Last updated: Mar-18-2019

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Veteran business journalist and investigative reporter Olev Edur takes you behind the performance numbers for close-up look at the people, processes, and portfolios that make investment funds tick.

By Olev Edur  | Monday, April 03, 2017

The Asia Pacific markets have seen their share of ups and downs in recent years, and that trend is likely to continue for the time being, according to William Lam, U.K.-based portfolio manager of the FundGrade A+ Award-winning Invesco Indo-Pacific Fund. Still, prices are attractive, and earnings are picking up, so there’s good potential for investors seeking diversification through broad Asian exposure.

Those ups and downs are reflected in the average historical yields from Asia Pacific equity funds – while the average annual compounded rate of return from the category for the 10-year period through Feb. 28, 2017, was a mere 2.6%, the 5-year average was a more heartening 9.0%, and returns for the year through February ran to a very healthy 16.1%.

“On a forward price/earnings basis, the valuation of the Asian equity market is currently in line with its historical average, having spent much of 2016 trading below these levels,” says Lam. “Earnings revisions have turned positive, but for markets to sustain their progress, earnings growth in the low teens may need to be sustained,” he added.

Lam goes on to say, “This is not unreasonable given the current cyclical upturn, but it may prove a stretch if political agendas lead to significant disruption. But one of Asia’s attractions remains its valuation discount to other equity markets, and it does not seem that political or economic risks are substantially higher.”

Nevertheless, Lam admits that such risks continue to exist, and will likely forestall strong and sustained growth in the region. “Asian economic growth is likely to remain anemic by its own historical standards,” he says. “Export growth has started to show signs of improvement, but we do not expect a strong and durable recovery given continued uncertainty in global demand. A shift in U.S. trade policy under Donald Trump is also a risk, although we anticipate the president’s rhetoric will be diluted by the necessity for pragmatism.

“China’s economy is showing signs of stabilization, but this improvement has been accompanied by continued high levels of credit growth,” Lam adds. “Their financial system does not yet appear to be vulnerable to the kind of uncontrolled liquidity shock that has afflicted some emerging economies late in their credit cycle, but China’s corporate debt overhang will need to be addressed eventually.”

Accordingly, Lam intends to continue with the fund’s strategy of choosing stocks carefully, while simultaneously keeping a close eye on the macro environment. This dual focus has enabled the Invesco Indo-Pacific Fund to handily outperform its peer group, with returns of 25.9% for the year through the end of February, 11.7% over 5 years, and 4.9% over 10 years (not scintillating, but still almost double the category average).

That kind of performance has resulted in three annual FundGrade A+™ Awards in 2013, 2014, and 2015, and a current FundGrade™ monthly A-Grade rating for February.

“The big driver in our performance has been stock selection in the IT, consumer discretionary, and materials sectors, as well as in China and South Korea,” says Lam. “We take an active and flexible approach that combines both top-down and bottom-up analyses, beginning with an analysis of liquidity conditions, the key determinant in shaping the environment for Asian equities.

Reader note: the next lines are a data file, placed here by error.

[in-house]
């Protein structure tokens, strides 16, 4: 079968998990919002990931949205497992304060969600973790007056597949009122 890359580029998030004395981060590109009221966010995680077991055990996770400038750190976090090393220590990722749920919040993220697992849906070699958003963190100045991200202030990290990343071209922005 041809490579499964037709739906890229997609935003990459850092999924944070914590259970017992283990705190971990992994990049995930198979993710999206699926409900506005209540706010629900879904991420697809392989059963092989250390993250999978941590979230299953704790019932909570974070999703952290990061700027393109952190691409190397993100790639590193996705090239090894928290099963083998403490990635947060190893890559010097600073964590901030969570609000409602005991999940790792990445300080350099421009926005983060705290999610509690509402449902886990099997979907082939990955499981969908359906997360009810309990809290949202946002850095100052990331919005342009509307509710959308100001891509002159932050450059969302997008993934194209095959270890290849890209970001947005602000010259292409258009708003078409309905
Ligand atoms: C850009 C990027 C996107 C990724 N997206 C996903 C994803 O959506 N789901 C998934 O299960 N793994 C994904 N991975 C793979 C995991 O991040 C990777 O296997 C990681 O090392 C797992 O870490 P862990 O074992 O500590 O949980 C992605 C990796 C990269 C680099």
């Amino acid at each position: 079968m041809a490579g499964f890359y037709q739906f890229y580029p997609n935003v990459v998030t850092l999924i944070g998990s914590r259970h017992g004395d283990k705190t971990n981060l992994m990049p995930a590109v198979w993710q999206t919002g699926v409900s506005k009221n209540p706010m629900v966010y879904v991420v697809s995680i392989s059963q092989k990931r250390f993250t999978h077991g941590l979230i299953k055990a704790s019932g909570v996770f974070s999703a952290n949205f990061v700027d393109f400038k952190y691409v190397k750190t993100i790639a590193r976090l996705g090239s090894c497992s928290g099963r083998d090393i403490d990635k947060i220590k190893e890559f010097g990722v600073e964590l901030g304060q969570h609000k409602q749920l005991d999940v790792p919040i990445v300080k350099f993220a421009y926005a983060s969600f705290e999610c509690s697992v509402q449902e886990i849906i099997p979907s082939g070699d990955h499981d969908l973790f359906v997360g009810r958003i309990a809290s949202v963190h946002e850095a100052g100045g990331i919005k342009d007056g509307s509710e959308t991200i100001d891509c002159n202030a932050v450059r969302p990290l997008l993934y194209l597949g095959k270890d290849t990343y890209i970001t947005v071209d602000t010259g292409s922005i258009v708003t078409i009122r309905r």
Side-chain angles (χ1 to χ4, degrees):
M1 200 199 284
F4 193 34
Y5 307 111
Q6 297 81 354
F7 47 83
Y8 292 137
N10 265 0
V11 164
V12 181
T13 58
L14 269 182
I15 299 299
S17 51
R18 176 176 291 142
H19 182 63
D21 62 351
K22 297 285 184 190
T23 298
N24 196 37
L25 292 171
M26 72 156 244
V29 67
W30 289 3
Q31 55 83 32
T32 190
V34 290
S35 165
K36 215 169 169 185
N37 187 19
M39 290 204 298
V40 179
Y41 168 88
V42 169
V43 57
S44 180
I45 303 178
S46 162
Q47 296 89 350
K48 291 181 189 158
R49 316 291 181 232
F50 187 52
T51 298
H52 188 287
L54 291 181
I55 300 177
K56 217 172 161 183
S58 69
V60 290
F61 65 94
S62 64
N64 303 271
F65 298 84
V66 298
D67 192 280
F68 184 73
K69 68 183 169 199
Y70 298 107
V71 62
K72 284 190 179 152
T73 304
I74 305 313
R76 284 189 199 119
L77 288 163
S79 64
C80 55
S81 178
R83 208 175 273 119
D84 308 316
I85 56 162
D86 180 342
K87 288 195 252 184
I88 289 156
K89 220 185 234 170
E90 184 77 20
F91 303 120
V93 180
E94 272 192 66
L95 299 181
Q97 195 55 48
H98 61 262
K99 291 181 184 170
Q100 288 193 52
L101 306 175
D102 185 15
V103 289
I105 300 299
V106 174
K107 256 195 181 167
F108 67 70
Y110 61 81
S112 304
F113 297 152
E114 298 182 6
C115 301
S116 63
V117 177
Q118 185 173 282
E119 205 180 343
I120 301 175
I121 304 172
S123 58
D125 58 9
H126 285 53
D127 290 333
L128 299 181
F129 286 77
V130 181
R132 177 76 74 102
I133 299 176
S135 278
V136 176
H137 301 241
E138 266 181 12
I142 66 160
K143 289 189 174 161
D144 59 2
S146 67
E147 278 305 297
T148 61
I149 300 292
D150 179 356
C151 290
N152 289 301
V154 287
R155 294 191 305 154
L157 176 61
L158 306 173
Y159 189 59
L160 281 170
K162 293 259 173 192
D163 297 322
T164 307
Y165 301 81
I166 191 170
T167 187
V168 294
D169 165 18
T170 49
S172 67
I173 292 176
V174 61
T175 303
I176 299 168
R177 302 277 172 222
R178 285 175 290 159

“We look for companies with good quality management teams and undervalued future earnings streams,” Lam says, citing NetEase Inc., a Chinese Internet technology firm, as an ideal target. “NetEase is a great example of a contrarian purchase,” he says. “In our opinion, they are China’s best online game developer. We had been following it since 2009 and believed the company could grow earnings at around 15% a year, and that a fair price/earnings multiple for that growth would be at least 15 times.

“At the time, there had been a lot of news about fraud at U.S.-listed Chinese companies, so all Chinese companies with U.S. listings got sold down heavily, including good ones like NetEase, whose shares were trading at just 10 times earnings,” Lam adds. “When we bought in 2012, our expected annual return was over 20% per annum, and as it turned out, earnings growth has been better than expected, as has share price performance.”

Olev Edur is an experienced financial and business journalist and a frequent contributor to the Fund Library.

Notes and Disclaimers

© 2017 by Fund Library. All rights reserved. Reproduction in whole or in part by any means without written permission is prohibited.

Commissions, trailing commissions, management fees and expenses all may be associated with mutual fund investments. Please read the simplified prospectus before investing. Mutual funds are not guaranteed and are not covered by the Canada Deposit Insurance Corporation or by any other government deposit insurer. There can be no assurances that the fund will be able to maintain its net asset value per security at a constant amount or that the full amount of your investment in the fund will be returned to you. Fund values change frequently and past performance may not be repeated. No guarantee of performance is made or implied. The foregoing is for general information purposes only. This information is not intended to provide specific personalized advice including, without limitation, investment, financial, legal, accounting or tax advice.

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